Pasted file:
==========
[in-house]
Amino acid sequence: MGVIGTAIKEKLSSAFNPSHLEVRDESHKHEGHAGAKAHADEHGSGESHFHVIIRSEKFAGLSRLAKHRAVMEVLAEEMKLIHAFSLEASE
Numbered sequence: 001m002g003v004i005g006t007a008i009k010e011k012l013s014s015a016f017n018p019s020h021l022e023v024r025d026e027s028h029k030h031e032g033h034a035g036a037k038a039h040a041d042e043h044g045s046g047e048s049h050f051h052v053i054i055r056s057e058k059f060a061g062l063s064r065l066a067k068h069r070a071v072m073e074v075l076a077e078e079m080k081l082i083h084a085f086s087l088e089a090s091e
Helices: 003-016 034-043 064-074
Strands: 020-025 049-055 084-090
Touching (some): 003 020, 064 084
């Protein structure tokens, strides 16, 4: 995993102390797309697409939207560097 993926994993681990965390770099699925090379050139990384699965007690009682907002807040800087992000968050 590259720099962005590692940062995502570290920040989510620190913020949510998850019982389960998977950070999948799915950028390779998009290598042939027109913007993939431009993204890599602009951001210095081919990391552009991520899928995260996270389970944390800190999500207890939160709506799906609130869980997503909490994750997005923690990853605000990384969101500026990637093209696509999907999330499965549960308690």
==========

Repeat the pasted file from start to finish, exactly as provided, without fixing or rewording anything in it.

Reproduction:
[in-house]
Amino acid sequence: MGVIGTAIKEKLSSAFNPSHLEVRDESHKHEGHAGAKAHADEHGSGESHFHVIIRSEKFAGLSRLAKHRAVMEVLAEEMKLIHAFSLEASE
Numbered sequence: 001m002g003v004i005g006t007a008i009k010e011k012l013s014s015a016f017n018p019s020h021l022e023v024r025d026e027s028h029k030h031e032g033h034a035g036a037k038a039h040a041d042e043h044g045s046g047e048s049h050f051h052v053i054i055r056s057e058k059f060a061g062l063s064r065l066a067k068h069r070a071v072m073e074v075l076a077e078e079m080k081l082i083h084a085f086s087l088e089a090s091e
Helices: 003-016 034-043 064-074
Strands: 020-025 049-055 084-090
Touching (some): 003 020, 064 084
């Protein structure tokens, strides 16, 4: 995993102390797309697409939207560097 993926994993681990965390770099699925090379050139990384699965007690009682907002807040800087992000968050 590259720099962005590692940062995502570290920040989510620190913020949510998850019982389960998977950070999948799915950028390779998009290598042939027109913007993939431009993204890599602009951001210095081919990391552009991520899928995260996270389970944390800190999500207890939160709506799906609130869980997503909490994750997005923690990853605000990384969101500026990637093209696509999907999330499965549960308690």